The impact of Brexit on the UK economy will be worse in the long run than the coronavirus pandemic, a forecaster has predicted.
Brexit will impact the UK's potential gross domestic product (GDP) by about 4% in the long term while the pandemic's impact will be 2%.
GDP or Gross Domestic Product is one of the most important ways of showing how well, or badly, an economy is doing. It is a measure - or an attempt to measure - all the activity of companies, governments and individuals in an economy.
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The chairman of the Office for Budget Responsibility Richard Hughes told the BBC: "In the long term it is the case that Brexit has a bigger impact than the pandemic".
Speaking after Wednesday's Budget, Mr Hughes said recent data showed the impact of Brexit was "broadly consistent" with the OBR's assumption that the leaving the EU would "reduce our long run GDP by around 4%".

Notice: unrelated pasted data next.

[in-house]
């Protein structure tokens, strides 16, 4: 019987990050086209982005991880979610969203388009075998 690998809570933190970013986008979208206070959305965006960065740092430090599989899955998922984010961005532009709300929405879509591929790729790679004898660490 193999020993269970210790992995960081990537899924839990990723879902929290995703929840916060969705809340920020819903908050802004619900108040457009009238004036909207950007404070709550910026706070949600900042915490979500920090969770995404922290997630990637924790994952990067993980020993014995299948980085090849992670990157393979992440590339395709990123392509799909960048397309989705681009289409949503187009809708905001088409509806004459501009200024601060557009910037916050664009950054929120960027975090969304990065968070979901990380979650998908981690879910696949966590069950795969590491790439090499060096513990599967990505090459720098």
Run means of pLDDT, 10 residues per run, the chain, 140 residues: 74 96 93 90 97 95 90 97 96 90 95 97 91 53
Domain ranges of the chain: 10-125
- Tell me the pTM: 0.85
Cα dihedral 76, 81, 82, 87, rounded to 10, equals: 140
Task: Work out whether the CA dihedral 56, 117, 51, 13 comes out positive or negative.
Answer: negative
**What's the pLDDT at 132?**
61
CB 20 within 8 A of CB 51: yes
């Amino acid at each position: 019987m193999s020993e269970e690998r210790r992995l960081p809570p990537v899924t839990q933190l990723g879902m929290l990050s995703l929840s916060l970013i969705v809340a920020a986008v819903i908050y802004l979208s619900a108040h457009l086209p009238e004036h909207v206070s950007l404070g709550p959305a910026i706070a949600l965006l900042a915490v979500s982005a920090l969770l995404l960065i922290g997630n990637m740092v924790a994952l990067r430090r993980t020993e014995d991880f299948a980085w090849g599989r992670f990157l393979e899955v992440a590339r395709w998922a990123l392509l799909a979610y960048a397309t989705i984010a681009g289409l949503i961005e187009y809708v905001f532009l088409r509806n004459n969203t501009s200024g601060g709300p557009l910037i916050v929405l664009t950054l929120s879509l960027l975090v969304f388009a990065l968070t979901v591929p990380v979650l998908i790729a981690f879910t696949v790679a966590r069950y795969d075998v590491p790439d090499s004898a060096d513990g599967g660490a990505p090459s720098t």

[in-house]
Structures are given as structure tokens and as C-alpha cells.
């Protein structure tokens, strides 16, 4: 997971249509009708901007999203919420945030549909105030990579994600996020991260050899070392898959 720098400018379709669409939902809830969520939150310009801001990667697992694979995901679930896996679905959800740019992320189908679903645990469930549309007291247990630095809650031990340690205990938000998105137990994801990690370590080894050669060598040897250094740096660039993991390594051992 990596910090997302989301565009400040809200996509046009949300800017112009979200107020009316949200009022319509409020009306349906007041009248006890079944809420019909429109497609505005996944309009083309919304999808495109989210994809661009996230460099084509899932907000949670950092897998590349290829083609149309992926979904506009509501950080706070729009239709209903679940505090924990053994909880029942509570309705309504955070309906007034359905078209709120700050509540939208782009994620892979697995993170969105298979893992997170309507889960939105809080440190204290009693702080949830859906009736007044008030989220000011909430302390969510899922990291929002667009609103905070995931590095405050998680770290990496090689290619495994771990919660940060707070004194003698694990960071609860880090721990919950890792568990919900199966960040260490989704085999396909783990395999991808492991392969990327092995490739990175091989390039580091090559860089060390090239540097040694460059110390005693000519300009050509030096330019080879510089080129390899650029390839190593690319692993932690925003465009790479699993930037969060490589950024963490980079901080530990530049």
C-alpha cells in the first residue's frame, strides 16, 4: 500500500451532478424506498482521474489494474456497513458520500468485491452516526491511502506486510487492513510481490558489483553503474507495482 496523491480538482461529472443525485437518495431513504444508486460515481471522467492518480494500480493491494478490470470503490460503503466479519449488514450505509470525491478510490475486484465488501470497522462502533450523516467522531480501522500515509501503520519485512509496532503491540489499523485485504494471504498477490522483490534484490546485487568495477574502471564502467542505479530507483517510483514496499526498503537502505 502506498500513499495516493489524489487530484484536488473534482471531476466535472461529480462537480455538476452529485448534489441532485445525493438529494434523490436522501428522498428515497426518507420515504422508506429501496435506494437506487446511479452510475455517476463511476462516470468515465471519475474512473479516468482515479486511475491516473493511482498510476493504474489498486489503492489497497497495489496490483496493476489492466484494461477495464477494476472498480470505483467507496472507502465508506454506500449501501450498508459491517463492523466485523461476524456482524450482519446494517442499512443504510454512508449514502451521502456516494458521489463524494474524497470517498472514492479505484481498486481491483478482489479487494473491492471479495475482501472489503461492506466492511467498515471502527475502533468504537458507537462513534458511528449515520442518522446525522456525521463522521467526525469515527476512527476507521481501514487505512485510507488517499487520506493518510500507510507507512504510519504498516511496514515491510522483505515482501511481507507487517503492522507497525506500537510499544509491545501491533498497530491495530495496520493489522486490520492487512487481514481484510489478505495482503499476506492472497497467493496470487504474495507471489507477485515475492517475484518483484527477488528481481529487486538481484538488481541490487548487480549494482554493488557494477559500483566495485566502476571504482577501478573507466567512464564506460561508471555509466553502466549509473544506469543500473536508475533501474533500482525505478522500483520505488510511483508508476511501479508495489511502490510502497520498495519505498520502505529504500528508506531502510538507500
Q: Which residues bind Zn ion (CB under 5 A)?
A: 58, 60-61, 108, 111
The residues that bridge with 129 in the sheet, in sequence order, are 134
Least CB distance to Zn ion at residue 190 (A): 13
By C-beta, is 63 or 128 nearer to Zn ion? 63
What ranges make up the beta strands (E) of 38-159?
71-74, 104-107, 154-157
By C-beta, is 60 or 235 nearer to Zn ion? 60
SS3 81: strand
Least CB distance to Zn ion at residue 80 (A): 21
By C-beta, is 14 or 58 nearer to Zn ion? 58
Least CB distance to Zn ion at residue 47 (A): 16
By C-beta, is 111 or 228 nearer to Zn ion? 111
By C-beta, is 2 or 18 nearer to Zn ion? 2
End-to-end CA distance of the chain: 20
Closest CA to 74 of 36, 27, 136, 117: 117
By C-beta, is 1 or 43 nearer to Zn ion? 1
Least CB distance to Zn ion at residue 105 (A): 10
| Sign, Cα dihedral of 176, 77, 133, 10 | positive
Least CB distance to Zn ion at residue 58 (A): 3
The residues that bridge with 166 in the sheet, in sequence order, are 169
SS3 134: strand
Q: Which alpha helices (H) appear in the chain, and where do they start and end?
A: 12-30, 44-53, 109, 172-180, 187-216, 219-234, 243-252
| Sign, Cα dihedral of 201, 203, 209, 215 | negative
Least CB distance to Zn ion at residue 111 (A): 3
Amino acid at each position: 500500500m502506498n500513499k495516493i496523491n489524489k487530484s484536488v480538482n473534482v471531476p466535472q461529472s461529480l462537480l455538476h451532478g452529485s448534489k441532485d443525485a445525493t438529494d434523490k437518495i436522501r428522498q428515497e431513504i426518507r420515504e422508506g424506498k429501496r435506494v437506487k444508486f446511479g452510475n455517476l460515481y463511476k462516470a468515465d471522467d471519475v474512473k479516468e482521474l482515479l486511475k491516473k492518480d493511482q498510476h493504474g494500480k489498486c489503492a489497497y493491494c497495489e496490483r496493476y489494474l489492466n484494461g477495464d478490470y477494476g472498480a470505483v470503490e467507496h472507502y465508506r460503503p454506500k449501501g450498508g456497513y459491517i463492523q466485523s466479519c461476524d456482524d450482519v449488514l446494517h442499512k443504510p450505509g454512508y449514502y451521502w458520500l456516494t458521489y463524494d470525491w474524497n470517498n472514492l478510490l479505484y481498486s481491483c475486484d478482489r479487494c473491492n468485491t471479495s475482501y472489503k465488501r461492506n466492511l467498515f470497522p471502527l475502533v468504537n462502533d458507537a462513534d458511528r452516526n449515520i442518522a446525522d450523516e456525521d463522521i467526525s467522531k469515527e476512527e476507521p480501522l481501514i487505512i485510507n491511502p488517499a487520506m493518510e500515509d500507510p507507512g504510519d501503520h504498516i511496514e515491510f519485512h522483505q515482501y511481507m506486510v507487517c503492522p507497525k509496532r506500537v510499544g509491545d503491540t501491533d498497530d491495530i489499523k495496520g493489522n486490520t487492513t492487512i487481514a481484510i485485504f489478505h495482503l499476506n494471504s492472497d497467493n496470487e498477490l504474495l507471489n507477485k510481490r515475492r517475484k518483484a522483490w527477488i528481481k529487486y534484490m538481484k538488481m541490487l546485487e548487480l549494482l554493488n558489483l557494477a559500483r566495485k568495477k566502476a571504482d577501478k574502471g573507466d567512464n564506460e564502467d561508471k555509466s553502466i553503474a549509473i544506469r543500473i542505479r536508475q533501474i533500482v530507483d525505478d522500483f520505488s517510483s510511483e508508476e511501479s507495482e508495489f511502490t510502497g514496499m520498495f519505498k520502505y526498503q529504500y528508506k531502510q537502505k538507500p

"We think that the effect of the pandemic will reduce that (GDP) output by a further 2%," he added.
During the budget, Chancellor Rishi Sunak said the OBR had said they expected the recovery to be quicker.
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"Growth this year is revised up from 4% to 6.5%. The OBR then expect the economy to grow by 6% in 2022, and 2.1%, 1.3% and 1.6% over the next three years. In July last year, at the height of the pandemic, unemployment was expected to peak at 12%.
"Today, the OBR expect unemployment to peak at 5.2% that means over 2 million fewer people out of work than previously feared and wages are rising: Compared to February 2020, they have grown in real terms by almost 3.5%".